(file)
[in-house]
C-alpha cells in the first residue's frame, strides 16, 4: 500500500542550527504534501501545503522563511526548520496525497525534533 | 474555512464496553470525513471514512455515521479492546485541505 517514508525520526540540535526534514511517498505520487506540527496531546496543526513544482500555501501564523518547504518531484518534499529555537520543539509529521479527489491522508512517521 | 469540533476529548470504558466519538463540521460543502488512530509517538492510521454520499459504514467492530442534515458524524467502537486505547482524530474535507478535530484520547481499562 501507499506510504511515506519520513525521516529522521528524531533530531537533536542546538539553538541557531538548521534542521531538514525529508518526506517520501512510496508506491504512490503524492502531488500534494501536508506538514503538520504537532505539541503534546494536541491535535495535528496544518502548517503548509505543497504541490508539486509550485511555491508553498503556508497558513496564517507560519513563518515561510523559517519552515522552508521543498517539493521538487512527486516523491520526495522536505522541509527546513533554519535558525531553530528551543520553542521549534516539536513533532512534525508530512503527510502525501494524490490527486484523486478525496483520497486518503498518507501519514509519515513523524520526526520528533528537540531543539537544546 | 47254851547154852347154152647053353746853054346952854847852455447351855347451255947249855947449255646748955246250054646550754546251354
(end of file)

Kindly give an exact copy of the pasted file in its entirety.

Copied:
[in-house]
C-alpha cells in the first residue's frame, strides 16, 4: 500500500542550527504534501501545503522563511526548520496525497525534533 | 474555512464496553470525513471514512455515521479492546485541505 517514508525520526540540535526534514511517498505520487506540527496531546496543526513544482500555501501564523518547504518531484518534499529555537520543539509529521479527489491522508512517521 | 469540533476529548470504558466519538463540521460543502488512530509517538492510521454520499459504514467492530442534515458524524467502537486505547482524530474535507478535530484520547481499562 501507499506510504511515506519520513525521516529522521528524531533530531537533536542546538539553538541557531538548521534542521531538514525529508518526506517520501512510496508506491504512490503524492502531488500534494501536508506538514503538520504537532505539541503534546494536541491535535495535528496544518502548517503548509505543497504541490508539486509550485511555491508553498503556508497558513496564517507560519513563518515561510523559517519552515522552508521543498517539493521538487512527486516523491520526495522536505522541509527546513533554519535558525531553530528551543520553542521549534516539536513533532512534525508530512503527510502525501494524490490527486484523486478525496483520497486518503498518507501519514509519515513523524520526526520528533528537540531543539537544546 | 47254851547154852347154152647053353746853054346952854847852455447351855347451255947249855947449255646748955246250054646550754546251354